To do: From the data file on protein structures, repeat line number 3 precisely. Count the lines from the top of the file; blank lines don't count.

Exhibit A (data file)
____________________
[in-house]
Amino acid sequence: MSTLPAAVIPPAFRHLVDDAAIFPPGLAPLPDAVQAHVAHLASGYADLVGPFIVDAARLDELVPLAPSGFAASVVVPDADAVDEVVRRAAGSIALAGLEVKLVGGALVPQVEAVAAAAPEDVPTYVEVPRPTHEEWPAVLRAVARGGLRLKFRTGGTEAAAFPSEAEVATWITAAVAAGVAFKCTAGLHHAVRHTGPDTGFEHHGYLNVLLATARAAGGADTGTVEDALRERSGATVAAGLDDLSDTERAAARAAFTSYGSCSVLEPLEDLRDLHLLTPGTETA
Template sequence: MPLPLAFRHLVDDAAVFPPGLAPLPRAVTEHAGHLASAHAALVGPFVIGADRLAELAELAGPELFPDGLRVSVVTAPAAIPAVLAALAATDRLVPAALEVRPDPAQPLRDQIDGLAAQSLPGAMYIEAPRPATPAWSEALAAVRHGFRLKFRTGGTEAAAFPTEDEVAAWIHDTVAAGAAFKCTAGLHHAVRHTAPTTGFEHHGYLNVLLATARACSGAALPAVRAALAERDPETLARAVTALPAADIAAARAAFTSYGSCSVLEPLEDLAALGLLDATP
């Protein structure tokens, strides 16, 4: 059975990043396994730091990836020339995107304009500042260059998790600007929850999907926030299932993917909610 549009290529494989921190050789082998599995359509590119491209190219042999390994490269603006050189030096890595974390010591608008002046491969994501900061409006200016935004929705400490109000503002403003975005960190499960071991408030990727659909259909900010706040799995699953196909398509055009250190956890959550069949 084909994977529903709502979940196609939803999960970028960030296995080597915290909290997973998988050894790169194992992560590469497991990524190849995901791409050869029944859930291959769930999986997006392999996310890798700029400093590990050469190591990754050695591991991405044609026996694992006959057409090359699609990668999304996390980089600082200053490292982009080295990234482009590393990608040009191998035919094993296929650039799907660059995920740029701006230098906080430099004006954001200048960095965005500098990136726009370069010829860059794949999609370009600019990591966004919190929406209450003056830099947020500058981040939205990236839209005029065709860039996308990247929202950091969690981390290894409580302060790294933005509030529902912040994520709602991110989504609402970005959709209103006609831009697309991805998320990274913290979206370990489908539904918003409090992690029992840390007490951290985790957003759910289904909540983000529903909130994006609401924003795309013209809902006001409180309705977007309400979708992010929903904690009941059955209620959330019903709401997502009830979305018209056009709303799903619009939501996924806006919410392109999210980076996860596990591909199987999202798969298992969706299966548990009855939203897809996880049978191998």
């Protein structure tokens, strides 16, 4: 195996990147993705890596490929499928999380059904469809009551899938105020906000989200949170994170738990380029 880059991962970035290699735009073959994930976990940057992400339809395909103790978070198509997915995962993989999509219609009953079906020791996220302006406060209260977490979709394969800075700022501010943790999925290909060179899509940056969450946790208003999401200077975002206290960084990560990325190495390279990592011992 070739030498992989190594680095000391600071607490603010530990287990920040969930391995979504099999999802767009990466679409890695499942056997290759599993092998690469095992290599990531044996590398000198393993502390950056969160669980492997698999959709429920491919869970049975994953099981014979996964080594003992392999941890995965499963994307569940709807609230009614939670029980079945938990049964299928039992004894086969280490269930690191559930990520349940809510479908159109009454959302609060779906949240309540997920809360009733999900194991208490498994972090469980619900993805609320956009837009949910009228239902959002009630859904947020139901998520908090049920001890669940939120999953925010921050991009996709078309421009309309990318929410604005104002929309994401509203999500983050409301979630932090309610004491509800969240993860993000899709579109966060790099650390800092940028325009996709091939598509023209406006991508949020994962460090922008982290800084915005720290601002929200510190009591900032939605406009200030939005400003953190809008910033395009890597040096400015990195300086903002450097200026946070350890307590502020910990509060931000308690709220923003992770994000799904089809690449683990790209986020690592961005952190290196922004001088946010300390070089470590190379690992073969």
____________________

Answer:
Template sequence: MPLPLAFRHLVDDAAVFPPGLAPLPRAVTEHAGHLASAHAALVGPFVIGADRLAELAELAGPELFPDGLRVSVVTAPAAIPAVLAALAATDRLVPAALEVRPDPAQPLRDQIDGLAAQSLPGAMYIEAPRPATPAWSEALAAVRHGFRLKFRTGGTEAAAFPTEDEVAAWIHDTVAAGAAFKCTAGLHHAVRHTAPTTGFEHHGYLNVLLATARACSGAALPAVRAALAERDPETLARAVTALPAADIAAARAAFTSYGSCSVLEPLEDLAALGLLDATP